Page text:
Could a shared equity schemes help you get on to the property ladder?

Shared Ownership is a low cost way to achieve home ownership for low-income homebuyers and key workers. You buy part of your home and rent the remaining shared equity share from a Housing Association. Your initial shared equity share might be for as little as 25% and is funded by a mortgage. You pay rent on the shared equity share you do not purchase. The bigger the shared equity share you purchase, the less rent you have to pay. When you can afford to do so you can buy more shared equity shares. This is commonly referred to as staircasing. It is possible to purchase up to 100% in some schemes and own your home outright.

Because the combined rent and mortgage payments can still prove too expensive for low-income buyers the Government introduced a range of shared equity schemes. These shared equity schemes provide access to additional money called a shared equity loan, which runs alongside your conventional mortgage loan.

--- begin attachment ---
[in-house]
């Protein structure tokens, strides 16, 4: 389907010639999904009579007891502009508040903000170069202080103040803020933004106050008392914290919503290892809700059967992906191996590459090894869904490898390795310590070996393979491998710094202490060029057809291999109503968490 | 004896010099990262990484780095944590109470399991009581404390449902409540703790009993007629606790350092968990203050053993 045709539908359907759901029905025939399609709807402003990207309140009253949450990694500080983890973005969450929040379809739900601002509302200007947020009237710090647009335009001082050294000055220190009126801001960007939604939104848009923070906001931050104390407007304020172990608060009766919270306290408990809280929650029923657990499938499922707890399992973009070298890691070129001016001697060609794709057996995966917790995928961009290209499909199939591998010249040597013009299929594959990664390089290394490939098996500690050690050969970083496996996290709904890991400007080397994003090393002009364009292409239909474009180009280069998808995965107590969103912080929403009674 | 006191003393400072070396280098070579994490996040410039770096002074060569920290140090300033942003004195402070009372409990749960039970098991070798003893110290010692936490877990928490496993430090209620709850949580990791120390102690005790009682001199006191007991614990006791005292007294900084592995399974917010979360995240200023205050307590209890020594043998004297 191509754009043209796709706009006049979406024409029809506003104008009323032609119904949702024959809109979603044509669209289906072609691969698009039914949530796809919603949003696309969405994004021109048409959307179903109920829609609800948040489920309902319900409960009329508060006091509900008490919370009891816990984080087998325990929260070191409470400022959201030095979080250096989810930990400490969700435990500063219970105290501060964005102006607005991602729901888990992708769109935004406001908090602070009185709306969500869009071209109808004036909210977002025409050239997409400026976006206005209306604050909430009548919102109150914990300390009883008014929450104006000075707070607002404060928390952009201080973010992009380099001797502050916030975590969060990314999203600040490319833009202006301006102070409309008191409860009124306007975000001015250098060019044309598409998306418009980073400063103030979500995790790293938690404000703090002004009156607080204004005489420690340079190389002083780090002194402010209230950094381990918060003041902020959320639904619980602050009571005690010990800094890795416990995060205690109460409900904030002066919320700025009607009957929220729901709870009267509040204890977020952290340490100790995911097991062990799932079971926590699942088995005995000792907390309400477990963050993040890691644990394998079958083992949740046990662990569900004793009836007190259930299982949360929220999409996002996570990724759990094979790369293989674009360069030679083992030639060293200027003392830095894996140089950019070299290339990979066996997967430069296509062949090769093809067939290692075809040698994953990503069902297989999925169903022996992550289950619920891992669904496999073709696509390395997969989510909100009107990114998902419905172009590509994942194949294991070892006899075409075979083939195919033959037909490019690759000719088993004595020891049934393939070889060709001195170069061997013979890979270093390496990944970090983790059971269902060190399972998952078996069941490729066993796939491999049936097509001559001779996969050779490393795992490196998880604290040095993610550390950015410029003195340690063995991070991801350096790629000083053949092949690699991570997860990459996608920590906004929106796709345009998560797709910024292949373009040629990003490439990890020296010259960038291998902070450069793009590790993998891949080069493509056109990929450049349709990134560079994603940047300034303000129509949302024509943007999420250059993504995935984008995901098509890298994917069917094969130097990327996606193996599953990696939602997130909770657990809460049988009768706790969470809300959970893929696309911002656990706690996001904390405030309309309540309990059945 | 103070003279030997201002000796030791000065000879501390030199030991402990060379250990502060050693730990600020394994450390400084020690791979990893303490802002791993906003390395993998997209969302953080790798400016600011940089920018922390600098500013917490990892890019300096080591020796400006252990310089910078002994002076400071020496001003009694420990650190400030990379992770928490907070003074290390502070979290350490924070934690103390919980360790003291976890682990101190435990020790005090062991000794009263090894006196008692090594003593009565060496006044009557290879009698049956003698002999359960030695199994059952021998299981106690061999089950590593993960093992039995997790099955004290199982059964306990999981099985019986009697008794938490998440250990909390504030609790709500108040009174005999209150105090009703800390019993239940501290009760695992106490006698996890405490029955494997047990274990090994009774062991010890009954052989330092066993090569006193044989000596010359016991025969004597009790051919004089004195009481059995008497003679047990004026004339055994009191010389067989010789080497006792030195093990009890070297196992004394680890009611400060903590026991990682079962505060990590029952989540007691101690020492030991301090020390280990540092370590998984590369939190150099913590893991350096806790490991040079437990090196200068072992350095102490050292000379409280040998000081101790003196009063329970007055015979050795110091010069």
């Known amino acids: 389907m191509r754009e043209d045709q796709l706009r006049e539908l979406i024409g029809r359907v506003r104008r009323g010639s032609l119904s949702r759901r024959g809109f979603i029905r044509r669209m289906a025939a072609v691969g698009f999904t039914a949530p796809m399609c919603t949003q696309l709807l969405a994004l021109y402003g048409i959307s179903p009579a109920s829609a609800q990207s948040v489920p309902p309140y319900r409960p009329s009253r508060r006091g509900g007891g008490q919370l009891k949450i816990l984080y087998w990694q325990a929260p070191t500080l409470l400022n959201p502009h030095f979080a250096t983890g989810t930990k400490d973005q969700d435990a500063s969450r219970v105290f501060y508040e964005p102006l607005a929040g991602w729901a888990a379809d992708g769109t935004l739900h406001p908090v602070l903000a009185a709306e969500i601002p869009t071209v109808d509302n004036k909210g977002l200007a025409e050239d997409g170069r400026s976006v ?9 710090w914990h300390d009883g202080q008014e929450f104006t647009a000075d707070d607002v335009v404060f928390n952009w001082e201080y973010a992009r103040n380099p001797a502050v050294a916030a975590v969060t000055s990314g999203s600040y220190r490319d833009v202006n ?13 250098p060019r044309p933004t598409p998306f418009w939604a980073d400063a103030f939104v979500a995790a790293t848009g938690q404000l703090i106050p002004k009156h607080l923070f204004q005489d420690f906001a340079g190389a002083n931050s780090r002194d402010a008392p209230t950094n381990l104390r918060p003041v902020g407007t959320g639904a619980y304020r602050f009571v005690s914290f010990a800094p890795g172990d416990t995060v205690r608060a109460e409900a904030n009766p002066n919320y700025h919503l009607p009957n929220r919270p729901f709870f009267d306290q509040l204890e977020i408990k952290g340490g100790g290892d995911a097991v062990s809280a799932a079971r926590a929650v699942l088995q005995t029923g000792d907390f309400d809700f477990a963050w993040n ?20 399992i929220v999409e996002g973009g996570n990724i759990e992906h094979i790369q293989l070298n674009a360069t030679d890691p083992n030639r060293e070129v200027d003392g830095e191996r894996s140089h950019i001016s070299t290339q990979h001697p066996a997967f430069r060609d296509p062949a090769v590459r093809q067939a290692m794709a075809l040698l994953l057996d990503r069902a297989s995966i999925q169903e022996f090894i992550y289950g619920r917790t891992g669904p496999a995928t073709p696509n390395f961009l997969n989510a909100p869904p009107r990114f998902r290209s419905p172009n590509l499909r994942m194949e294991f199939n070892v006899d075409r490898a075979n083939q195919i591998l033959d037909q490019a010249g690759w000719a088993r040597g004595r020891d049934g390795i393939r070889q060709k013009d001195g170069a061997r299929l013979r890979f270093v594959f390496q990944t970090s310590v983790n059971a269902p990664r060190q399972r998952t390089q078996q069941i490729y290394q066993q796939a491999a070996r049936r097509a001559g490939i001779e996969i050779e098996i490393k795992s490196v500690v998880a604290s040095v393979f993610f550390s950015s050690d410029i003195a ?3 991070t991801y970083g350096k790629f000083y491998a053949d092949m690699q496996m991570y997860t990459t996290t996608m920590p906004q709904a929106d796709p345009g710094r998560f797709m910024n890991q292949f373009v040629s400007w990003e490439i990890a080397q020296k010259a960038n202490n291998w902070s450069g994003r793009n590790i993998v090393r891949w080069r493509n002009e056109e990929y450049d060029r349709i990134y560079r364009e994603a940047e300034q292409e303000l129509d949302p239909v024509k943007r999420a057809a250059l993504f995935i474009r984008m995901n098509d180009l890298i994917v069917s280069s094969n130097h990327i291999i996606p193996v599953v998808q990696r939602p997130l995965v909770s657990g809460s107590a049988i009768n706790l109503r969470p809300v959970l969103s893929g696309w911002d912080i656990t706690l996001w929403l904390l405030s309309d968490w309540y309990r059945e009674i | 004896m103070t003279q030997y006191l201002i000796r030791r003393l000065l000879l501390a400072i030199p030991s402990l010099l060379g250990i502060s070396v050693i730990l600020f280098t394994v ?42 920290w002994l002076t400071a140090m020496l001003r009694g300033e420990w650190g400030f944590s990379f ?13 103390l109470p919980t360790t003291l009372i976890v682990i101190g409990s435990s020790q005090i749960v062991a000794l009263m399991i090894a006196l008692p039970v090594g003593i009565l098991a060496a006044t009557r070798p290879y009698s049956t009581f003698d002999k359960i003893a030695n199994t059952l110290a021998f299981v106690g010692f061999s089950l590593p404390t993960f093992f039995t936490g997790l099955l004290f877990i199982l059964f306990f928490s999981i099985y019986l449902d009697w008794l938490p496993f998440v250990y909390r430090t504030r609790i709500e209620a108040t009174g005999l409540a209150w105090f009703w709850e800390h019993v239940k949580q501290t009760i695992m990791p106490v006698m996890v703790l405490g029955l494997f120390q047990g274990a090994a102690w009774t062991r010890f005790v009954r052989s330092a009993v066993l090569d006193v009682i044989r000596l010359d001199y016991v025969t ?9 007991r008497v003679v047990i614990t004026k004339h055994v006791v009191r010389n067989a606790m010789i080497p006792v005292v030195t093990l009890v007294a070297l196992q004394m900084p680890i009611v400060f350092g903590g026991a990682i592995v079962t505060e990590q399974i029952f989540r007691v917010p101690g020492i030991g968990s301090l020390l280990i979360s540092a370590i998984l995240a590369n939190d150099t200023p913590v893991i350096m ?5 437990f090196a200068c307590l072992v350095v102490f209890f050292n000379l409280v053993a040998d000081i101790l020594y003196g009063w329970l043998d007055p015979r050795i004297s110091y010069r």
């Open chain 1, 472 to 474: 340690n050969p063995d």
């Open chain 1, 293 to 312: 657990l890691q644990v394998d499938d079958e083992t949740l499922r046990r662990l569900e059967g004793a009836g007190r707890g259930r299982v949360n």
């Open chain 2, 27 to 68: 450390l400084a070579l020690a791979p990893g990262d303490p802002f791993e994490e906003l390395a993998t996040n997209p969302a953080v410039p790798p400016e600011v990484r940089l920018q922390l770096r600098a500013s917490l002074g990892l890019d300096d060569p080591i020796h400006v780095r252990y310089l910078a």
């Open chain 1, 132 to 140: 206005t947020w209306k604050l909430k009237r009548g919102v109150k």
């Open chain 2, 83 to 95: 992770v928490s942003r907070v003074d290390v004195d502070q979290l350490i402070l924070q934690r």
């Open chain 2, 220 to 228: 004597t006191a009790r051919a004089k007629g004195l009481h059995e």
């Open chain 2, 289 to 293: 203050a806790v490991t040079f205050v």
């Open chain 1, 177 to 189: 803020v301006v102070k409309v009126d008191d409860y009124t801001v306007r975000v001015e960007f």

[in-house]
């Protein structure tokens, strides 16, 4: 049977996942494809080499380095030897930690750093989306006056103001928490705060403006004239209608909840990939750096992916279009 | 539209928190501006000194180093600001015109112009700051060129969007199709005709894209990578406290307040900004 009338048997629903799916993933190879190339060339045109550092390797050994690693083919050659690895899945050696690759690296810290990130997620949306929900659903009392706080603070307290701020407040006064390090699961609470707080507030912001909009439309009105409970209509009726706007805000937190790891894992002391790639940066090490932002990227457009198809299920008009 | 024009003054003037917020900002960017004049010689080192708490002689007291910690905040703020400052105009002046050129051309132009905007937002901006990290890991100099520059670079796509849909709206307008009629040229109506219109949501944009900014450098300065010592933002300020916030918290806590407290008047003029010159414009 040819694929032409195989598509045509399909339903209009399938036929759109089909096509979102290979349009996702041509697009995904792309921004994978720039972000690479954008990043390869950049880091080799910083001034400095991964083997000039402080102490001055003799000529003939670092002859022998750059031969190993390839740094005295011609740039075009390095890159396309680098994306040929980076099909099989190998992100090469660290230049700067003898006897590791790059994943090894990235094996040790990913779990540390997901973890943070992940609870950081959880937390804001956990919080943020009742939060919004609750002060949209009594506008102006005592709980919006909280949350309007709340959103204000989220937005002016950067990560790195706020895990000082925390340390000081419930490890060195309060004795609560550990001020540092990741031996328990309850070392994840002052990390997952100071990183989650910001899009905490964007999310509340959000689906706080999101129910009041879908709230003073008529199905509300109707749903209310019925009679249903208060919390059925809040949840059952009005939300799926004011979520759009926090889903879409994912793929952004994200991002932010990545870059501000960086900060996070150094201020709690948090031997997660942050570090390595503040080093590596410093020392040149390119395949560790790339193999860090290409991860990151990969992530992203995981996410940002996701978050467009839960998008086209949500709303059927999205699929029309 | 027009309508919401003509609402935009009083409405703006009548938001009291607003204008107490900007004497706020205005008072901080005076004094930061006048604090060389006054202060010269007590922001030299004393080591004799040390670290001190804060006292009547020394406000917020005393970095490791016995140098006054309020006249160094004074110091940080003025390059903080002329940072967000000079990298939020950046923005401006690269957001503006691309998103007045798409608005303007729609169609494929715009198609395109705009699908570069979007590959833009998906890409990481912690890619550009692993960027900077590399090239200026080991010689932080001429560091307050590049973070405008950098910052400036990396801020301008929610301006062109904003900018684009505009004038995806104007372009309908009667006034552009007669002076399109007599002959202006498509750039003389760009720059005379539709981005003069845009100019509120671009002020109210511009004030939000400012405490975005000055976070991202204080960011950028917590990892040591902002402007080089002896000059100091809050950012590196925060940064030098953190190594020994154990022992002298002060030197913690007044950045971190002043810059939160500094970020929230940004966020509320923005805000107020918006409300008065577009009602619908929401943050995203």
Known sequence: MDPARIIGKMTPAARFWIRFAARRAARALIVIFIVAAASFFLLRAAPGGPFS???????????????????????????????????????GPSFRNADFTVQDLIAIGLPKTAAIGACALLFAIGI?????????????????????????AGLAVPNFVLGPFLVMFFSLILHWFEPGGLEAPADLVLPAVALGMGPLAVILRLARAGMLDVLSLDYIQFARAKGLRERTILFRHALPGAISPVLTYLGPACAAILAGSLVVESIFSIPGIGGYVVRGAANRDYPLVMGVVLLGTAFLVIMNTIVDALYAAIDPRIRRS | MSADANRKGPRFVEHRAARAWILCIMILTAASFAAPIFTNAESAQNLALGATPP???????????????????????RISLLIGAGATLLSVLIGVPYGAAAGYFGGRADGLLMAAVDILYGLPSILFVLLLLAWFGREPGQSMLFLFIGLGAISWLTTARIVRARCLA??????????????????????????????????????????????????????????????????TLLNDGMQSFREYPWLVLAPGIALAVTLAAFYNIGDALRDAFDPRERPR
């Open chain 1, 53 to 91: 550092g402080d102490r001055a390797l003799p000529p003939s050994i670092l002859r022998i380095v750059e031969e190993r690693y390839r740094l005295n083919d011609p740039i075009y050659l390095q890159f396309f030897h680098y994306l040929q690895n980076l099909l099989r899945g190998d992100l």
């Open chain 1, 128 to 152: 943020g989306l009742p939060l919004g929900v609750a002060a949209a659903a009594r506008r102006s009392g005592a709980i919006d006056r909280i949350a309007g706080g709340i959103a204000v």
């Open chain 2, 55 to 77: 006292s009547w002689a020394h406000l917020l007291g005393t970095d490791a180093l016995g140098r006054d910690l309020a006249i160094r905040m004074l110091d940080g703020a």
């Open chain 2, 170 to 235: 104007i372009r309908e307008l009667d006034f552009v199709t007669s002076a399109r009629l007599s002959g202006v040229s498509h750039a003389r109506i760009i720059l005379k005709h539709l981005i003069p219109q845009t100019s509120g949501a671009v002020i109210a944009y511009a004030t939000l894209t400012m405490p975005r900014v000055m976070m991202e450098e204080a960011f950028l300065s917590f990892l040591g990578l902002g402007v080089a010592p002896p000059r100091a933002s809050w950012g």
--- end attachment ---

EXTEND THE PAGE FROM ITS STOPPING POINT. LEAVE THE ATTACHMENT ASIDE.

The 2008 Budget introduced two new schemes MyChoiceHomeBuy and Ownhome. Both are available from the 1st April 2008. MyChoiceHomeBuy allows a choice of lender and an initial 50% shared equity share. Interest on the equity loan, is payable immediately, at an initial 1.75%. The second new option Ownhome stipulates a minimum shared equity share of 60% and the mortgage must be provided by the Co-operative Bank. You will not have to pay interest on the shared equity loan for five years. Interest starts at 1.75% in year 6. With either product the provider of the shared equity loan is entitled to a share of any increase in the property value.

The Budget also included an announcement that stamp duty land tax will not be payable until the final 20% of the shared equity of the property is purchased.

Shared Equity